Superb Live Recordings, post your favorites.
Posted by: Peet on 21 March 2015
- "There is a special magic, an intimate vibrancy in a live performance which is impossible to recreate in the studio. I have often been asked to record live - a prospect which I have aspired to and dreaded at the same time - and I am delighted to finally have had the chance to do so. Here is some food for thought without any additives, sugar or preservatives. Enjoy."
- The room was filled to the brim with audio enthusiasts, the closest listener being just a few feet from the musicians and the microphones.
When the audience is so close to the musicians, a synergy occurs. The audience becomes part of the music making and help spur the musicians on to great heights.
The musicians feeling the empathy from the audience dare to take chances that one rarely hears in a studio recording.
Tony and Bert had not performed together as a duo before, and no rehearsal had taken place prior to the Rhapsody concert, but the music these two masters of improvisation created that sunny afternoon in Rhapsody, is simply breathtaking.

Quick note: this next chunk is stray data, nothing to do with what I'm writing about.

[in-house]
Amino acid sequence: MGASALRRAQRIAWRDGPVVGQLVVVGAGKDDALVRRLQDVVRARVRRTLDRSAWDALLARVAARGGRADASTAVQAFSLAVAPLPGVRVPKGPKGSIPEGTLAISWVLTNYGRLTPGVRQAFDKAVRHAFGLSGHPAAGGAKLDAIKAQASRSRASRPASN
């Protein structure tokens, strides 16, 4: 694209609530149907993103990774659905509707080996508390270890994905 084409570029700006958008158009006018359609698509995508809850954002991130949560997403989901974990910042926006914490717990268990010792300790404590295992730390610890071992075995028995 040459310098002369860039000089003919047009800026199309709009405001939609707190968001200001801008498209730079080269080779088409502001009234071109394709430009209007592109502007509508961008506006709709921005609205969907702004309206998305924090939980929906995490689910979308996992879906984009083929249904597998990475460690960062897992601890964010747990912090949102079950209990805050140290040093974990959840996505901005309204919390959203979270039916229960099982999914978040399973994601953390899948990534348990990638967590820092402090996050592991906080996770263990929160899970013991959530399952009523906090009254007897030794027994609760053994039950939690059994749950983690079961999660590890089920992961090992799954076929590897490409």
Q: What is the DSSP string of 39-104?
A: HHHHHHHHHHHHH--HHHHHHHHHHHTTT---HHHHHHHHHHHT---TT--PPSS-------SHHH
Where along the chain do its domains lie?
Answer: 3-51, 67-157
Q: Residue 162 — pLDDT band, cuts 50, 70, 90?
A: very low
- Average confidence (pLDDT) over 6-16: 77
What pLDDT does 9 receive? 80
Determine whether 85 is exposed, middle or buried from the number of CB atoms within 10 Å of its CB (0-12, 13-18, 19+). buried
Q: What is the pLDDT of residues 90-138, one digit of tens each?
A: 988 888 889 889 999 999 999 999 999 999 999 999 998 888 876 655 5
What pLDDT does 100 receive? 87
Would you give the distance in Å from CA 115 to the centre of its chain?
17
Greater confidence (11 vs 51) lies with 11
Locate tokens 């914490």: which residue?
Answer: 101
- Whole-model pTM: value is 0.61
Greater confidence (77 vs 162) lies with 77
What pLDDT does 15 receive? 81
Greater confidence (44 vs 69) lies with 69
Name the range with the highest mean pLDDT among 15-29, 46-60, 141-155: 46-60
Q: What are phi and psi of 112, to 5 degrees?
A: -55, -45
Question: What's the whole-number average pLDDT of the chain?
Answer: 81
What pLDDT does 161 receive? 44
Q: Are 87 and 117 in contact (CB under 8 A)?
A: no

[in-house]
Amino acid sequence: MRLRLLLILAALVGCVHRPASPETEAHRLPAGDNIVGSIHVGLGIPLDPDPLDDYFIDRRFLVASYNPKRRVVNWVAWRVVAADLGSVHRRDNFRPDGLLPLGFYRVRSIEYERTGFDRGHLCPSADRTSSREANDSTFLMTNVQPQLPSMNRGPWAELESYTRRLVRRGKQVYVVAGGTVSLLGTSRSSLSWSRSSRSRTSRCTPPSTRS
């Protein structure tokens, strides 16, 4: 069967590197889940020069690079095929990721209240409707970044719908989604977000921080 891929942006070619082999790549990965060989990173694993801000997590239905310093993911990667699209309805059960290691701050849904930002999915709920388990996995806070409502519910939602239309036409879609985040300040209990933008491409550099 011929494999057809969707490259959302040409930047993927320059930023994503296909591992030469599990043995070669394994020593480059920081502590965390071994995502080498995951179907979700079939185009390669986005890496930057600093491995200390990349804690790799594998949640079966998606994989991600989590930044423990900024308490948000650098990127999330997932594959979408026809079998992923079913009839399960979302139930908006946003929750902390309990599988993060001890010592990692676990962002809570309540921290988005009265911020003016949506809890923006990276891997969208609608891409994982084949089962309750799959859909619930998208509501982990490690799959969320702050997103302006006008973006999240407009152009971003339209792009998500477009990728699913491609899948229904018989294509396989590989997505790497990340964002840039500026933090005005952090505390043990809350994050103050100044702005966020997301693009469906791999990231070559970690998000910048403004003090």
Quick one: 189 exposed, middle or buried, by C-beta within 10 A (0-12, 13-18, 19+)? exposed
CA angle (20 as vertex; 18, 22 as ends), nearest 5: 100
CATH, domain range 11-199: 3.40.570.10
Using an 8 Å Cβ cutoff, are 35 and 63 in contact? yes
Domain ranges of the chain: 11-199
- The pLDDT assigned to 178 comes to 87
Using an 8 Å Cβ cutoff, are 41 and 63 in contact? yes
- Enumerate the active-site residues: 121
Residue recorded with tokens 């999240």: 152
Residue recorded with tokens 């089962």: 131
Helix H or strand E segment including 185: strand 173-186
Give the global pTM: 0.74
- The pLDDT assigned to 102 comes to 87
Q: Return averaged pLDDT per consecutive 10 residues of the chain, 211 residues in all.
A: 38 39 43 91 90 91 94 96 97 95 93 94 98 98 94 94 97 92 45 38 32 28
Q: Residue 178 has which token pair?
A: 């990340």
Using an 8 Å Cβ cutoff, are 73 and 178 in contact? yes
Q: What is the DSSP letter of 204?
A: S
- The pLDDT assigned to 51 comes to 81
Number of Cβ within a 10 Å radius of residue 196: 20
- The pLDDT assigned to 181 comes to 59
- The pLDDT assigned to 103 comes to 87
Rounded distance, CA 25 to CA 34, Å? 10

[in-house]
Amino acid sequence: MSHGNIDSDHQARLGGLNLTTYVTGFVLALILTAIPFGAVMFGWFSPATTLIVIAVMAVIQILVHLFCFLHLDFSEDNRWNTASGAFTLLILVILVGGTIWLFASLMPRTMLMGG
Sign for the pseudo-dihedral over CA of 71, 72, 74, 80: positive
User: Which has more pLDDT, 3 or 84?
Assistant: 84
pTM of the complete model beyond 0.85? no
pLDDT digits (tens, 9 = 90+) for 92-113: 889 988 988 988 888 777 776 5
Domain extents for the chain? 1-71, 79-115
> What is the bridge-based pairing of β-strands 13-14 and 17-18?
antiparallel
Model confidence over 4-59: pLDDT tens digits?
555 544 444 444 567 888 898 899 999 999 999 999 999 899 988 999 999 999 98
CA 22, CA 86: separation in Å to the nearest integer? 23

- This trio is still widely regarded as his finest, largely because of the symbiotic interplay between its members. Tragically, LaFaro was killed in an automobile accident ten days after this session was recorded, and Evans assembled the two packages a few months afterward. While "Waltz for Debby" -- in retrospect -- is seemingly a showcase for Evans' brilliant, subtle, and wide-ranging pianism, this volume becomes an homage, largely, to the genius and contribution of LaFaro. That said, however, this were never the point. According to Motian, when Evans built this trio based on live gigs at the Basin Street East, the intention was always to develop a complete interactive trio experience.